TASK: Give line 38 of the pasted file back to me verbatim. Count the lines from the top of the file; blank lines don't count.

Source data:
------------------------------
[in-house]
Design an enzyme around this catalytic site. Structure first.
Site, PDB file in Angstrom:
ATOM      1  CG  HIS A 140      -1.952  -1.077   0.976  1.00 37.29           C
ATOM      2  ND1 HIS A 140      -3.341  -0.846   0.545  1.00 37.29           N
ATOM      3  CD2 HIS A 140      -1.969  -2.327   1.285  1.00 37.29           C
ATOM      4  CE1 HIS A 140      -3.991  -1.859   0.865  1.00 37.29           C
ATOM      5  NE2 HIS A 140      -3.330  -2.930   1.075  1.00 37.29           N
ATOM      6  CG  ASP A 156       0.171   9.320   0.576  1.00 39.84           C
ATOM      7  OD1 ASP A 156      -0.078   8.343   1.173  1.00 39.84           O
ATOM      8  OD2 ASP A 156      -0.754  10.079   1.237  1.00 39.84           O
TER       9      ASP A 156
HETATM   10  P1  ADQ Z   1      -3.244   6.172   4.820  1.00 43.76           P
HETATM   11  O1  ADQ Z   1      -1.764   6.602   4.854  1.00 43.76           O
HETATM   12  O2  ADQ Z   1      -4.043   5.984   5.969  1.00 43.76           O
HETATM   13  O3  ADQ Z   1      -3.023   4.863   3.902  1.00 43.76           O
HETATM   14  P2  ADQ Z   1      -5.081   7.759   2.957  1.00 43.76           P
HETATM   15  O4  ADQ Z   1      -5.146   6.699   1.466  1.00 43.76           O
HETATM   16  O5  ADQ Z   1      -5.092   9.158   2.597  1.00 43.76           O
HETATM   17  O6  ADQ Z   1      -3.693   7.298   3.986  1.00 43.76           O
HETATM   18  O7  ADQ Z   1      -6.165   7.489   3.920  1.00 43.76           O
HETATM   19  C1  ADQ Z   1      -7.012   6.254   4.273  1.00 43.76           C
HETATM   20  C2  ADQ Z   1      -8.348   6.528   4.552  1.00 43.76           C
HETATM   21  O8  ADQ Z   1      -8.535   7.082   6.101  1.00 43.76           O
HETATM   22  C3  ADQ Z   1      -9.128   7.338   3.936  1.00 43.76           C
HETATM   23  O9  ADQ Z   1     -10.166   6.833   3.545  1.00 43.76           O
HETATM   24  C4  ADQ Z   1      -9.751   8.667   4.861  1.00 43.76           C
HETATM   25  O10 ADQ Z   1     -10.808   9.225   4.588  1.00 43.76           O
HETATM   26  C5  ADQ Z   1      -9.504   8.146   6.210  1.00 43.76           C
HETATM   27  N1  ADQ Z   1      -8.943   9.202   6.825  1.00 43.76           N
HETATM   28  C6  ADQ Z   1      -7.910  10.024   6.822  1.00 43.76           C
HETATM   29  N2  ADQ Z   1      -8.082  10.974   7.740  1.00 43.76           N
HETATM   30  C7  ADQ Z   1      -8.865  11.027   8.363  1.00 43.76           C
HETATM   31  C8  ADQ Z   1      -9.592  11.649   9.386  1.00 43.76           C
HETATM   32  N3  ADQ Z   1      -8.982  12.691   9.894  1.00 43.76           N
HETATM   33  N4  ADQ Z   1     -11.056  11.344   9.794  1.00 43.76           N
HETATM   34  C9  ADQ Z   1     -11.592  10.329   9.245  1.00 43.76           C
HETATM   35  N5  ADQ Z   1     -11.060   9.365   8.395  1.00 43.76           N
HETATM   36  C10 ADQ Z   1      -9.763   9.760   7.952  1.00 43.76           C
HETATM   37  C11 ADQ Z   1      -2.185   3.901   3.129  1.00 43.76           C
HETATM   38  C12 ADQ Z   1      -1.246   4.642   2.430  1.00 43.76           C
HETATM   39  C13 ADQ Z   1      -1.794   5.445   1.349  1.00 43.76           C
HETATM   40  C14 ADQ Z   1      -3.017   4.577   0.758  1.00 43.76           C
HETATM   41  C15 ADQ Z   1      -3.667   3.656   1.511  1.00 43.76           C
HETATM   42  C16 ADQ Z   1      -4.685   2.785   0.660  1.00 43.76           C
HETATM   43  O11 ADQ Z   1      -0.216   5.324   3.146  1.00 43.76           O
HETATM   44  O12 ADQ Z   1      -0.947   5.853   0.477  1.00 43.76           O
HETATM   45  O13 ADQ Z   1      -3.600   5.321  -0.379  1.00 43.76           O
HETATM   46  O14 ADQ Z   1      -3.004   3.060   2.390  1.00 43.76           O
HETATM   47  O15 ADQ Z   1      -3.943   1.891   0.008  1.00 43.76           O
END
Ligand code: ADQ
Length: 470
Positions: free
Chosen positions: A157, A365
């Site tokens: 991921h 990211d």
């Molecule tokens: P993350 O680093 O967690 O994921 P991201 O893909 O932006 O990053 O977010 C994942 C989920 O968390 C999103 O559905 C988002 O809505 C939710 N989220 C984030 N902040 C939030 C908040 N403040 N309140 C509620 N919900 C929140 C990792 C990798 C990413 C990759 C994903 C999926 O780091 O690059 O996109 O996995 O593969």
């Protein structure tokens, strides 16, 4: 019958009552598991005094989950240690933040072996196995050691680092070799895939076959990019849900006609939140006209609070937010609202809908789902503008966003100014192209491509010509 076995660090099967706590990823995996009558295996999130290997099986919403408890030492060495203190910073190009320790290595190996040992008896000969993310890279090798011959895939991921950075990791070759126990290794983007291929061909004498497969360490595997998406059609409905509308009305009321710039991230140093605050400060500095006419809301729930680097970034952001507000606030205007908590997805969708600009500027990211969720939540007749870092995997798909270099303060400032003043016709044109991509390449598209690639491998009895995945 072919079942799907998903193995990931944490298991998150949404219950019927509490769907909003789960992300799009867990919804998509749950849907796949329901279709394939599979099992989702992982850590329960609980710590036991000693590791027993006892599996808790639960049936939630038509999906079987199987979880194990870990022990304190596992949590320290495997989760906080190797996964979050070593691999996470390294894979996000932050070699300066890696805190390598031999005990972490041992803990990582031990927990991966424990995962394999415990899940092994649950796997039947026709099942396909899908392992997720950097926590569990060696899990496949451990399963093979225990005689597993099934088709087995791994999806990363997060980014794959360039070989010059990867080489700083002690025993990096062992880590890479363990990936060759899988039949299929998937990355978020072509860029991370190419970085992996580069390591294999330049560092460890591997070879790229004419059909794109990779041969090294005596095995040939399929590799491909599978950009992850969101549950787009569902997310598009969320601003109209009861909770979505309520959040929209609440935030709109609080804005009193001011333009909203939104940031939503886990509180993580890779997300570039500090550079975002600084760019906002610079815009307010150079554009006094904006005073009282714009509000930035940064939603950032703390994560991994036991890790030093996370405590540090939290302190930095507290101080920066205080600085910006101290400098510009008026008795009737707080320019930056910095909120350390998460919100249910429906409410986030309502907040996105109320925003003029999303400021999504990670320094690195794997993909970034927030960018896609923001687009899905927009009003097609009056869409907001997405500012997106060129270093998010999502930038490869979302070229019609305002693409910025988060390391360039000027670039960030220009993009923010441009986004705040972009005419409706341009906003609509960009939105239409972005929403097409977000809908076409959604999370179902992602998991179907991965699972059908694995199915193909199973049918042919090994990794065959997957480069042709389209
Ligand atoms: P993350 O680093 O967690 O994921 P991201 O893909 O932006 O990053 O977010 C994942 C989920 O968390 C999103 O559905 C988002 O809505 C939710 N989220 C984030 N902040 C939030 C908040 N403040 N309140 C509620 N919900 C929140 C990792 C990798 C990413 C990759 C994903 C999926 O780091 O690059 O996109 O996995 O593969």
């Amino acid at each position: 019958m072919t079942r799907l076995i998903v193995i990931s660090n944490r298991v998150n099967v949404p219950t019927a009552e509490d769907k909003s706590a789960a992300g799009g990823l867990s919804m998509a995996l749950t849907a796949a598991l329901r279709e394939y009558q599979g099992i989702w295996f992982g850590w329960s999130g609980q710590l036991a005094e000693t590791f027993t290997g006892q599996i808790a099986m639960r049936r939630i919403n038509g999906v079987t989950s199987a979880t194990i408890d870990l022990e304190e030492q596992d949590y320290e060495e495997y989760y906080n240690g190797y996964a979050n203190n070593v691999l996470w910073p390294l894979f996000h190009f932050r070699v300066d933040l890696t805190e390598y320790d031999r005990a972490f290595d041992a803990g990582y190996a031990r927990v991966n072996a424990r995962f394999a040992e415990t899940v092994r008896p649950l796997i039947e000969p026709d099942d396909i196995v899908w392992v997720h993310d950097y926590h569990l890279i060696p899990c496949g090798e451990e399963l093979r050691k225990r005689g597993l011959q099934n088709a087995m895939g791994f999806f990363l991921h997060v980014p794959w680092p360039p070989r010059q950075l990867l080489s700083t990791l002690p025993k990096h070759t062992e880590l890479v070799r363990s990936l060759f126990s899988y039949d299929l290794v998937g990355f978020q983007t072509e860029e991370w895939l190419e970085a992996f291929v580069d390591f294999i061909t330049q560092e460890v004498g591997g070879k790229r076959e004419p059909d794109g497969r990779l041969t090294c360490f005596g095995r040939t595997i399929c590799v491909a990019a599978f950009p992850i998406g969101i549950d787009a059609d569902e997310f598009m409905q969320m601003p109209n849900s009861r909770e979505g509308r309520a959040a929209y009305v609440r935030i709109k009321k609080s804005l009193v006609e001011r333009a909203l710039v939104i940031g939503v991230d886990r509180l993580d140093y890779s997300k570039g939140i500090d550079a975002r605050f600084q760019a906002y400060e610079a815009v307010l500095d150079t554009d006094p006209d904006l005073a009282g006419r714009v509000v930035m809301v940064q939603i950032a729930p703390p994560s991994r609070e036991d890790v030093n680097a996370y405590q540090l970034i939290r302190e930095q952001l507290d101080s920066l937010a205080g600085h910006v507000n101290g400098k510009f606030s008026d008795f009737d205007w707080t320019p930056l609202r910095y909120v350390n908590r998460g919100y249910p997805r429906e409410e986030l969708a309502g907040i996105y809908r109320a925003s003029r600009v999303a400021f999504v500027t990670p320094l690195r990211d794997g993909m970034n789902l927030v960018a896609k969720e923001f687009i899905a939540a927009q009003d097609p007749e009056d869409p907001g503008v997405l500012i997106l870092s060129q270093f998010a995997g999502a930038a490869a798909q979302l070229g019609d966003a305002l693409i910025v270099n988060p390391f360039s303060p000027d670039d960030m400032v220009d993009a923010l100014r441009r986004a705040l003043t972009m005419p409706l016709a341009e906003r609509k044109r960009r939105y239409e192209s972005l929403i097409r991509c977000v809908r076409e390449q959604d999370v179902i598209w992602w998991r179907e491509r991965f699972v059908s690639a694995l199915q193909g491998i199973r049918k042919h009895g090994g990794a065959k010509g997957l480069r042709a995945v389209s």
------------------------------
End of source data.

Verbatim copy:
HETATM   35  N5  ADQ Z   1     -11.060   9.365   8.395  1.00 43.76           N